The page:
March 10th, 1938 is Dosan's Death Day
How Many Times Did the Japanese Police Arrest Dosan? How did he die?
One of Dosan's Sodaemun Prisoner registration cards issued by Japanese Police, He was arrested six times. He spent many torture filled days in Sodaemun Prison.
There are two kinds of pain. The pain that hurts and the pain that alters. Dosan took all the hurt the Japanese inflicted on him. The Japanese never altered his love for Korea and his countrymen.
Dosan arriving to visit friends after four years in Daejon Prison. He spent long difficult years in Daejon after being arrested by Japanese in Shanghai, China in 1932. Dosan was a naturalized Chinese citizen when he was arrested. He was
convicted of The Preservation of Peace Laws in Japanese Court by Japanese officials in Seoul, Korea.
Dosan was arrested in 1937 for the last time. It involved the Suyang Donguhoe Incident. He had been arrested five times before this arrest. He was arrested in 1910 when Ahn Jung Gun shot
Ito Hirobumi. This time he was prisoner number 1724,
This is the last picture of Dosan before being killed by Japanese Police in the hospital. According to a Dr. Won Tai Sohn the Japanese Kempeitai ground up glass and put it in his food to make sure he died this time.
Dosan died March 10, 1938.
An excerpt from a very good book “Pumpkin Flower and Patriotism"
by Kyung Soo Cha (Translated by Hyun H. Kim)
Death of Mr. Ahn Chang Ho
Cha Kyung Shin experienced one of the greatest shocks of her life in the year of 1938. Mr. Ahn Chang Ho died that year in Korea. He was captured by the Japanese police and due to rough treatment in the prison., he became ill and subsequently passed away. The news utterly immobilized Kyung Shin. The Korean organizations in the U.S.A. held memorial services. KPWL held one, too. Kyung Shin used to carry a small notebook in which she wrote her speeches for various occasions. Flipping through the pages, I found a speech under the title of “In Memory of Mr. Ahn.” The smudged ink on the pages indicates how much Kyung Shin cried when she read the message.
In Memory of Mr. Ahn
Despite my insignificance I dare to deliver a memorial speech for the late “Dosan” Ahn Chang Ho. We thought we’d see your dignified, yet kind face and hear your tender voice once again, but suddenly you are no longer with us. We don’t know how to express our sadness in words.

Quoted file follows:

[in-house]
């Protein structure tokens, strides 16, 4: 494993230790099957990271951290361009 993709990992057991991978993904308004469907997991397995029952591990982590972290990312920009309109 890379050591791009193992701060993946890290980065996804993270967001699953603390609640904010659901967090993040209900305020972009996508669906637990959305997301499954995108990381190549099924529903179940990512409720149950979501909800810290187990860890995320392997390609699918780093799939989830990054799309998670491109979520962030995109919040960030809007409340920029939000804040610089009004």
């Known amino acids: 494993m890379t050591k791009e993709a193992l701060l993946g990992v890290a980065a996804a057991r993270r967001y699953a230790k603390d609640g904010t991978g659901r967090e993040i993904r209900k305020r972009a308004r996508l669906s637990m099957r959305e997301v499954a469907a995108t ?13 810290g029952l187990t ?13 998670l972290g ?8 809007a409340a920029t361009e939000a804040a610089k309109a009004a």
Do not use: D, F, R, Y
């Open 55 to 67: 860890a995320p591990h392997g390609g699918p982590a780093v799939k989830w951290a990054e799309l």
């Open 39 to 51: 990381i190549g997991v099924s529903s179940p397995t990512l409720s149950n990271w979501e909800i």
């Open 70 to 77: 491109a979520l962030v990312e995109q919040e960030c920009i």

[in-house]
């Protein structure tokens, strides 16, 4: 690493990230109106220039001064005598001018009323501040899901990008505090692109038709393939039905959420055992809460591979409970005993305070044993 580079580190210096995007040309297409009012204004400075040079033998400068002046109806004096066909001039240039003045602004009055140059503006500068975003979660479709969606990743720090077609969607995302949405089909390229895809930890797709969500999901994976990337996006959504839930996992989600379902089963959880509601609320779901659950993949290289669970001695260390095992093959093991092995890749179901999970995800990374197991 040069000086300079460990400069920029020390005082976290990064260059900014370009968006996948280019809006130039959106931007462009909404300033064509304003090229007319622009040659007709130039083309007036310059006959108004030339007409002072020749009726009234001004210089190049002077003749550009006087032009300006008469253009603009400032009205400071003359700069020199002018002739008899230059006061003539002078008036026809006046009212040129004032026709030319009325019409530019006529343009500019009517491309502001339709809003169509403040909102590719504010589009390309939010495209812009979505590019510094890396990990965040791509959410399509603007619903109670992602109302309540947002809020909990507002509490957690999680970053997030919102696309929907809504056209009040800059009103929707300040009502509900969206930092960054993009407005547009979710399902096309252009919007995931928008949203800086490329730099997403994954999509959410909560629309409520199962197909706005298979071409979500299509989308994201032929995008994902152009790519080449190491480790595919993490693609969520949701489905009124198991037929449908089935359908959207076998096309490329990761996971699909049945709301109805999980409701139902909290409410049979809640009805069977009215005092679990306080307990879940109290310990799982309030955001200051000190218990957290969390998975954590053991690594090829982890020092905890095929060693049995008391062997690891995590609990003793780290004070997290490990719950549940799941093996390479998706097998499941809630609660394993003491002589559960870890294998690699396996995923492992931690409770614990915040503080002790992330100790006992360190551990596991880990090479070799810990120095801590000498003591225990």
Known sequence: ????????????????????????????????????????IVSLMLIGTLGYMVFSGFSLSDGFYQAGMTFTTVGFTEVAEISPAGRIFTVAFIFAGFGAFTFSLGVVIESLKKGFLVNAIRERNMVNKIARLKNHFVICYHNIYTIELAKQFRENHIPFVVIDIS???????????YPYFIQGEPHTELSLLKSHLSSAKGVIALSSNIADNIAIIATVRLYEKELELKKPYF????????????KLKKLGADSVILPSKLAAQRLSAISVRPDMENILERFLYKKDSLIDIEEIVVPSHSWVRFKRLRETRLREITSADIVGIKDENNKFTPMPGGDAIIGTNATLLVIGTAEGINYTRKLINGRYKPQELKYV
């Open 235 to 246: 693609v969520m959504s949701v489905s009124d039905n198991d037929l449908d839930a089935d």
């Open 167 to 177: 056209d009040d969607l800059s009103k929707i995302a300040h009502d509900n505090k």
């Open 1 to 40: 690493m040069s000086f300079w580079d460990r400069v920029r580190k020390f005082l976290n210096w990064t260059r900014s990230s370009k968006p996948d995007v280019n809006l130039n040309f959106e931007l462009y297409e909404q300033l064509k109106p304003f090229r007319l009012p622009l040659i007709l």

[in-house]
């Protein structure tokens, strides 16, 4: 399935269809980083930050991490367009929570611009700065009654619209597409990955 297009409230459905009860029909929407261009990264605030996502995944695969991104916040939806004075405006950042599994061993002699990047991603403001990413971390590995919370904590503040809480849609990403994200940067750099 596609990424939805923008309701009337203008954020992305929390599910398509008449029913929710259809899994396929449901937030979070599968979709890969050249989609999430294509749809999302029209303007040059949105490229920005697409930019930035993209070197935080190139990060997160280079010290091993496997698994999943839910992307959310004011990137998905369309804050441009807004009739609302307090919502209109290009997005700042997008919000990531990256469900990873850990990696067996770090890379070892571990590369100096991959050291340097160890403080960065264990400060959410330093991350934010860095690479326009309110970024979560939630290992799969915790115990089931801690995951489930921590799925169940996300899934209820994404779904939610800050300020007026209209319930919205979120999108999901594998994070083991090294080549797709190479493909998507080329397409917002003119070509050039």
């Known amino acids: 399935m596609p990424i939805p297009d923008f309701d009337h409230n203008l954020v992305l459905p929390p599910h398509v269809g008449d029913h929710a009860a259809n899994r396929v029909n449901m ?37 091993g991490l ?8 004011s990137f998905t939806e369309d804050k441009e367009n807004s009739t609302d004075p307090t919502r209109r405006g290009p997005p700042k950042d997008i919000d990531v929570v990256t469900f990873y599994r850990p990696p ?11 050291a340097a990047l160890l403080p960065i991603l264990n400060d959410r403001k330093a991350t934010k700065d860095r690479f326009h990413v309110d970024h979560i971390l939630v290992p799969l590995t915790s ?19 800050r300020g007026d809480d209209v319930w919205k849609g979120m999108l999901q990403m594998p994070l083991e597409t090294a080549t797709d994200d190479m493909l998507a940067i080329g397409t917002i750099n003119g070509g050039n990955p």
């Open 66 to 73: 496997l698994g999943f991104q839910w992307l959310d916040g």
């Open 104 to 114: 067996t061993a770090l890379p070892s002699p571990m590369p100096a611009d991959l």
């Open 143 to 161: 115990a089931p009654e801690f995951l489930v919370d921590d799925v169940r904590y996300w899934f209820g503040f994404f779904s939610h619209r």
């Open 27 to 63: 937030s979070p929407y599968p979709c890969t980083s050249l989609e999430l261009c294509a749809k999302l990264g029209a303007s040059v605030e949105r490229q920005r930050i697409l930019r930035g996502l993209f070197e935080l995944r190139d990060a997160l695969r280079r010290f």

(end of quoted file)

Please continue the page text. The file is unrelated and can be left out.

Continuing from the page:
The officials of KPWL head office, all branches offices and all members feel great pain in our hearts.
We honor Mr. Ahn’s lofty spirit. Mr. Ahn loved his country and the people from the very early on in his youth until his death in his sixties. Throughout his life he never desired wealth and personal comfort even though he was always poor. His mind was always occupied with the love of the nation. He liked a song called “Loving the Nation for a long Long Time” and sang it from time to time. We honor such a noble spirit as his.
Mr. Ahn never treated people differently because of their rank and status. He was always humble and affable to everyone. We honor his generous virtue.
Mr. Ahn valued education. He understood that in order for the citizens to live as true citizens education was indispensable, and he devoted himself towards the development of education for all Korean people. He endeavored for individual education, school education and group education in order to make them good people who know how to live manly life. We honor his sublime wisdom.
How hard it must have been physically when he was in prison during the cold winter and the hot summer. How hard it must have been mentally when he had to subject himself to the enemy’s medical care. As a result you’ve been killed by the hands of the enemy. We honor your persevering spirit.
Before you had a chance to be indulged in your family’s compassion once again, and before you could see the ruins of those who will be ruined, without leaving even one request with your comrades, you left us in this age when your presence is much needed. We are grieving. I am crying with my broken heart.
Never again will we meet another treasure, hero and patriot like you. Our only condolence is that you are buried in the Korean soil which you loved with such devotion.
We mourn before your spirit as we all believe that the lofty spirit of yours will live forever.
March 20th, 1938
Park (Cha) Kyung Shin
After the loss of their spiritual leader the Independence Movement grew sluggish. As time went on, the Japanese tightened their control over the Koreans within without of the country.